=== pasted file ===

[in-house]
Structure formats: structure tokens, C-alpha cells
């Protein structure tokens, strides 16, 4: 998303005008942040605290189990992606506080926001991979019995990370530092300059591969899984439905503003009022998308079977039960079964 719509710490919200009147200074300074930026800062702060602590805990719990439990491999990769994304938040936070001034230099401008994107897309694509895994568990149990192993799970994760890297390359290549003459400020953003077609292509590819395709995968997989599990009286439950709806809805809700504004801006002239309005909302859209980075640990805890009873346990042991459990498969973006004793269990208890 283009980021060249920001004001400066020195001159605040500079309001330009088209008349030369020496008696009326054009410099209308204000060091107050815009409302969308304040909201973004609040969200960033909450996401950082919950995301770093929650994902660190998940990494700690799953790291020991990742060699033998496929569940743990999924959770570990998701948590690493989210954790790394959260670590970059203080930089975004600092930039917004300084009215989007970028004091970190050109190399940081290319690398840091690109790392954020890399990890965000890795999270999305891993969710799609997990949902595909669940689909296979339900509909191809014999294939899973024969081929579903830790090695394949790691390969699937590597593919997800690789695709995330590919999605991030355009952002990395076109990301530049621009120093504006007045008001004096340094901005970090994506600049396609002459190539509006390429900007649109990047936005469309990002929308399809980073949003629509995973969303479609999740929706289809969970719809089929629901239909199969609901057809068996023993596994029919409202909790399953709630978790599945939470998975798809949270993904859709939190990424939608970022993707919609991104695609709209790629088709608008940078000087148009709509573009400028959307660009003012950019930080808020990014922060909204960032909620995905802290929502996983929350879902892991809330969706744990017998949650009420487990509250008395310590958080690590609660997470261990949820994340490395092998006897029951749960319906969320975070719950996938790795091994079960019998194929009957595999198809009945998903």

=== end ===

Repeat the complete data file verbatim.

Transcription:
[in-house]
Structure formats: structure tokens, C-alpha cells
């Protein structure tokens, strides 16, 4: 998303005008942040605290189990992606506080926001991979019995990370530092300059591969899984439905503003009022998308079977039960079964 719509710490919200009147200074300074930026800062702060602590805990719990439990491999990769994304938040936070001034230099401008994107897309694509895994568990149990192993799970994760890297390359290549003459400020953003077609292509590819395709995968997989599990009286439950709806809805809700504004801006002239309005909302859209980075640990805890009873346990042991459990498969973006004793269990208890 283009980021060249920001004001400066020195001159605040500079309001330009088209008349030369020496008696009326054009410099209308204000060091107050815009409302969308304040909201973004609040969200960033909450996401950082919950995301770093929650994902660190998940990494700690799953790291020991990742060699033998496929569940743990999924959770570990998701948590690493989210954790790394959260670590970059203080930089975004600092930039917004300084009215989007970028004091970190050109190399940081290319690398840091690109790392954020890399990890965000890795999270999305891993969710799609997990949902595909669940689909296979339900509909191809014999294939899973024969081929579903830790090695394949790691390969699937590597593919997800690789695709995330590919999605991030355009952002990395076109990301530049621009120093504006007045008001004096340094901005970090994506600049396609002459190539509006390429900007649109990047936005469309990002929308399809980073949003629509995973969303479609999740929706289809969970719809089929629901239909199969609901057809068996023993596994029919409202909790399953709630978790599945939470998975798809949270993904859709939190990424939608970022993707919609991104695609709209790629088709608008940078000087148009709509573009400028959307660009003012950019930080808020990014922060909204960032909620995905802290929502996983929350879902892991809330969706744990017998949650009420487990509250008395310590958080690590609660997470261990949820994340490395092998006897029951749960319906969320975070719950996938790795091994079960019998194929009957595999198809009945998903």